The Satanic Temple (TST) and producers of Chilling Adventures of Sabrina have reached a settlement in the lawsuit over the statue of goat deity Baphomet that’s used as a set decoration in the Netflix series many times throughout the episodes.
TST sued Netflix and Warner Bros. earlier this month “for appropriating our copyrighted monument designed to promote their asinine Satanic Panic fiction,” according to TST’s co-founder, Lucien Greaves
For purposes of comparison… pic.twitter.com/AZJvmq1Cks
— Lucien Greaves (@LucienGreaves) October 30, 2018
Warner Bros. confirmed the settlement to the Hollywood Reporter but declined to comment further.
TST lawyer Stuart de Haan released a statement on Wednesday in regards to the settlement.
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Haan said that Netflix has to acknowledge copied elements of the Baphomet statue in the credits of episodes that have already been filmed.
“The Satanic Temple is pleased to announce that the lawsuit it recently filed against Warner Bros. and Netflix has been amicably settled. The unique elements of the Satanic Temple’s Baphomet statue will be acknowledged in the credits of episodes which have already been filmed. The remaining terms of the settlement are subject to a confidentiality agreement,” he said.
In the statement, the temple said that it has received a large amount of hate in recent weeks.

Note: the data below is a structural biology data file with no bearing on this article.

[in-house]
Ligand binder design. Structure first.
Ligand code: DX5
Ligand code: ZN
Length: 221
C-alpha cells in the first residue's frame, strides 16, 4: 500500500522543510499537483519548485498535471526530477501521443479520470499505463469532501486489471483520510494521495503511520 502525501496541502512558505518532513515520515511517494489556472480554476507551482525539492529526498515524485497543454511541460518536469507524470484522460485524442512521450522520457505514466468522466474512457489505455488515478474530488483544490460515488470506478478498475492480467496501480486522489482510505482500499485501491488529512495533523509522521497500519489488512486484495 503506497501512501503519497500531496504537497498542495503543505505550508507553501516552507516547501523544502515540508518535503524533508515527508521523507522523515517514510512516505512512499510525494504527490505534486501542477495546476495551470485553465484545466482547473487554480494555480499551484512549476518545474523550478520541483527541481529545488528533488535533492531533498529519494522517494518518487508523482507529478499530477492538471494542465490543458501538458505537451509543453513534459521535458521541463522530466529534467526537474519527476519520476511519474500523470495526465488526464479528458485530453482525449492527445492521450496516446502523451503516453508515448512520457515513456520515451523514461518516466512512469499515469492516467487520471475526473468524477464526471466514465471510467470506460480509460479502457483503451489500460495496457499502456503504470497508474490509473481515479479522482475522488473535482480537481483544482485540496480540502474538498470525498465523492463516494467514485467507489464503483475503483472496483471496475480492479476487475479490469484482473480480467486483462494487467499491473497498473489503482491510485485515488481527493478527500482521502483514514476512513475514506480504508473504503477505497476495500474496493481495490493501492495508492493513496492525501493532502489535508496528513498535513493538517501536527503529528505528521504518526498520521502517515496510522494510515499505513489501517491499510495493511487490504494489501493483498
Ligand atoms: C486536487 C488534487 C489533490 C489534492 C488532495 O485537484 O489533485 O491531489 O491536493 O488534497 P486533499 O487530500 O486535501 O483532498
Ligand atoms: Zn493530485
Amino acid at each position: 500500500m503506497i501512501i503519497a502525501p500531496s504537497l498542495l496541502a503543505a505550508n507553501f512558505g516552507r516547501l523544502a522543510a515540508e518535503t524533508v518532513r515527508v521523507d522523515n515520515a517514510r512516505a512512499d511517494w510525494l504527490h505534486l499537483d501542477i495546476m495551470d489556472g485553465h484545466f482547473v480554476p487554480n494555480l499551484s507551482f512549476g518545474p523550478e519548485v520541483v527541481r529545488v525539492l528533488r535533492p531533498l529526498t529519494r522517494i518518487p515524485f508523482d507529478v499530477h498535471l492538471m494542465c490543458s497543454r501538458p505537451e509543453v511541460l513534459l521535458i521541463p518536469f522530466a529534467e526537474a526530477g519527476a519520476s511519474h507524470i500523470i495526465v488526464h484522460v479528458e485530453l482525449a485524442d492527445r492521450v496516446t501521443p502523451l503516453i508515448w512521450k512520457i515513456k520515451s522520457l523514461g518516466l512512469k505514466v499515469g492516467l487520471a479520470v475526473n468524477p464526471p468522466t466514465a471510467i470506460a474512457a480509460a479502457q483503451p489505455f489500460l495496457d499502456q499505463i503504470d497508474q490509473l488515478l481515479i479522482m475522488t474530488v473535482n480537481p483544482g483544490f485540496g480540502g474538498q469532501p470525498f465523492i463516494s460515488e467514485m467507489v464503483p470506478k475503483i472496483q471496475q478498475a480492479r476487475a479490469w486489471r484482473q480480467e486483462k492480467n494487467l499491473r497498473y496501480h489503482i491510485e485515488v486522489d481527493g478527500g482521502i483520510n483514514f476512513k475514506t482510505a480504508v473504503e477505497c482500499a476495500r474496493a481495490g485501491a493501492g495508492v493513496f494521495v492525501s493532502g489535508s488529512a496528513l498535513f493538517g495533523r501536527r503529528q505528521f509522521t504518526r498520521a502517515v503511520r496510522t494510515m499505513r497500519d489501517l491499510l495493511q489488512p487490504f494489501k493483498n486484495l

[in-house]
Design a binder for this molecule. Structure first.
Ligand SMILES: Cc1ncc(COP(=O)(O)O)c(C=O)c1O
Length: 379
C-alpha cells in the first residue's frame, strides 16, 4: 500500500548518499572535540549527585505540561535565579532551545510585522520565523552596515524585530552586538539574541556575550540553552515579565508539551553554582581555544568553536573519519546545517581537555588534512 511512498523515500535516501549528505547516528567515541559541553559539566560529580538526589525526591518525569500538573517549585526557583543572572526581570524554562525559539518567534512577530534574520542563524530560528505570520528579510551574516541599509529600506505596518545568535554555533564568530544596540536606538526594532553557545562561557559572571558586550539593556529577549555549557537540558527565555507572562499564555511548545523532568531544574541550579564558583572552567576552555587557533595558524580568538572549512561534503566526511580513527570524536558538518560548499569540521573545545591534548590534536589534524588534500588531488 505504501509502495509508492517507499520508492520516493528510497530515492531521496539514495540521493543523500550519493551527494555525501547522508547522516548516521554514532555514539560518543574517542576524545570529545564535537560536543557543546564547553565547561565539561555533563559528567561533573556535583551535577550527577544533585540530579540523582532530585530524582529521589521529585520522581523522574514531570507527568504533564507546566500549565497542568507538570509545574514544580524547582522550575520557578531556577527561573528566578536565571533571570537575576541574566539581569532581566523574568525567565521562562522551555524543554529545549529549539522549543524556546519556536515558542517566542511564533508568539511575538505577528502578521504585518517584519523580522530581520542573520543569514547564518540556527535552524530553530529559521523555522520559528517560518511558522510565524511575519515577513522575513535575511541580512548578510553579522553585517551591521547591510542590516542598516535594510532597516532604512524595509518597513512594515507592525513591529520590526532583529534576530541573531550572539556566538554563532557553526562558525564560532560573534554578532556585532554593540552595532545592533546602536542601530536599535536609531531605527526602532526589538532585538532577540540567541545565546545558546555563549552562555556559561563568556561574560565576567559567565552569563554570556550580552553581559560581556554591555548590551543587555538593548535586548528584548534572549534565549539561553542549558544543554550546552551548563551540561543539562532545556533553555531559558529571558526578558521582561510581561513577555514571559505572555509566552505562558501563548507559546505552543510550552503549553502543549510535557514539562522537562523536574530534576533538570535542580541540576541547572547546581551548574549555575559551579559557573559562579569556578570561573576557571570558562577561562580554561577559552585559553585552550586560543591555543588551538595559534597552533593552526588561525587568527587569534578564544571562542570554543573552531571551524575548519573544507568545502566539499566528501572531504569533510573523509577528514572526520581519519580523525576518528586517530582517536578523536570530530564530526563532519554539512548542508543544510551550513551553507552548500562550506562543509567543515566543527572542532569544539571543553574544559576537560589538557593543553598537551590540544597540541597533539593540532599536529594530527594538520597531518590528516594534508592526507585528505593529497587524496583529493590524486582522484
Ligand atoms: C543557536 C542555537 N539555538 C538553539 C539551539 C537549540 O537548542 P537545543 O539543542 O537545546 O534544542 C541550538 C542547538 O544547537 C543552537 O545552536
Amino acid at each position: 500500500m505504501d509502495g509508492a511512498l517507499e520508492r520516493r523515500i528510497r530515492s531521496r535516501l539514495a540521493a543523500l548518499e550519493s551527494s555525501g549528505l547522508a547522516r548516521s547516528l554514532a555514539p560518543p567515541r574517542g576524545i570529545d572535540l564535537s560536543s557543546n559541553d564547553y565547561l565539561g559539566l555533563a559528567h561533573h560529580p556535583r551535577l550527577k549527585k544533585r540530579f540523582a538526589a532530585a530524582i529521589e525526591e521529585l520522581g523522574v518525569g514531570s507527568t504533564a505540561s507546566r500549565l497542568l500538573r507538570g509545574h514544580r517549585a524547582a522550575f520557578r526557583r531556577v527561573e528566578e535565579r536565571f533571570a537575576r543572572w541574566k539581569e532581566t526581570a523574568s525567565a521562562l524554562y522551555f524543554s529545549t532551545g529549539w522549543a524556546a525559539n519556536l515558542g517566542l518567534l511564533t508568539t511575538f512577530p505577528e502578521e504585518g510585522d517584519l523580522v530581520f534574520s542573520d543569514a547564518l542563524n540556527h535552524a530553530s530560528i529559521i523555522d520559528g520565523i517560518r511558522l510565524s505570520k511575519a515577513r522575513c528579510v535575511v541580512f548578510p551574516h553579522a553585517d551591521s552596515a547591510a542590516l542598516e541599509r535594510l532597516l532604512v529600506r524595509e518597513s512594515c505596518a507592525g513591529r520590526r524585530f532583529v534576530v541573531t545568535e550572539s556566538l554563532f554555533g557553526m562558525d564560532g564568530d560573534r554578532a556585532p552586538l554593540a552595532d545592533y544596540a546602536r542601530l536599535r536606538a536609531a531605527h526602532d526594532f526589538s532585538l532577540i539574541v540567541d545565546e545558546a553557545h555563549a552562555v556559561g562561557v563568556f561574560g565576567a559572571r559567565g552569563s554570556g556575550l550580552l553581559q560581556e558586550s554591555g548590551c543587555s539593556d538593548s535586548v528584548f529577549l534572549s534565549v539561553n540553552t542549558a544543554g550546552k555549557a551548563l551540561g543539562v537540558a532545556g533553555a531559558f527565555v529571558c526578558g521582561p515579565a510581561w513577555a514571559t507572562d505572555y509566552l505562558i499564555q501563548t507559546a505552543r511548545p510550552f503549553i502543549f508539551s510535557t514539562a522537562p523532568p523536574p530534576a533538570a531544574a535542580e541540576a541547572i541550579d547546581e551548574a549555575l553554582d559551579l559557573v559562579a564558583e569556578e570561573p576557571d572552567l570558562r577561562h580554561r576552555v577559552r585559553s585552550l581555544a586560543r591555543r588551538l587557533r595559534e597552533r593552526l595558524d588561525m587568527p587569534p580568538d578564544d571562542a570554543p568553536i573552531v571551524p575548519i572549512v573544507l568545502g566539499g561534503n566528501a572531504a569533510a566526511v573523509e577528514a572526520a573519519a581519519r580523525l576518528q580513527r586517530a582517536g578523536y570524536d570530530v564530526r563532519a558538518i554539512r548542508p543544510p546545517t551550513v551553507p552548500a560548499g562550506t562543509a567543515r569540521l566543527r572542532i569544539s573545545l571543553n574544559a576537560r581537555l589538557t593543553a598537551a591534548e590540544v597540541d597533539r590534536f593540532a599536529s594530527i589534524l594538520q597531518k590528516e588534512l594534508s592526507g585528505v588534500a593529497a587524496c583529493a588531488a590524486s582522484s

“I have gotten quite a bit of hate mail from people seemingly basic enough to conceive of the situation as one in which a large powerful Satanic organization is using its might to bully an uncertain and innocent teenage witch who has just been newly exposed to the wide, cruel world,” the statement reads.
“The truth is, it is a poor commentary upon our entire culture, in my eyes, that media overwhelmed this copyright claim, relative to which the coverage of our rally in Arkansas, which confronted still unresolved questions about the continued American dedication to Liberal Democracy, received sparse reporting for a day.”
Greaves took to Twitter on Nov. 21 to say that the “press can now stop pretending this was unique… or even interesting.”
“So ends one of the most overpublicized of copyright claims. Press can now stop pretending this was unique & momentous, or even interesting. So, too, hopefully ends the parade of stupidity from online amateur legal experts,” he wrote.
So ends one of the most overpublicized of copyright claims. Press can now stop pretending this was unique & momentous, or even interesting. So, too, hopefully ends the parade of stupidity from online amateur legal experts.https://t.co/eSg1fl3sdv
— Lucien Greaves (@LucienGreaves) November 21, 2018
The original lawsuit alleged that four episodes of the show featured a Baphomet statue that bore a striking resemblance to one created by the temple. TST’s statue cost about $100,000 to build and drew upon inspiration from iconography dating back to the 19th century. Their statue was built in 2013 and 2014.
At the beginning of November, Haan shared a portion of the original demand letter with the Hollywood Reporter.
“By way of background, my client is struggling to overcome centuries of stigma surrounding their religious symbolism,” writes de Haan.” My client has expended considerable efforts in the design and creation of their particular expression of Baphomet, the goat-headed deity represented by this monument. This statue is an original work and, until now, has been associated exclusively with The Satanic Temple all around the world. This has deep religious significance to my client’s organization.”
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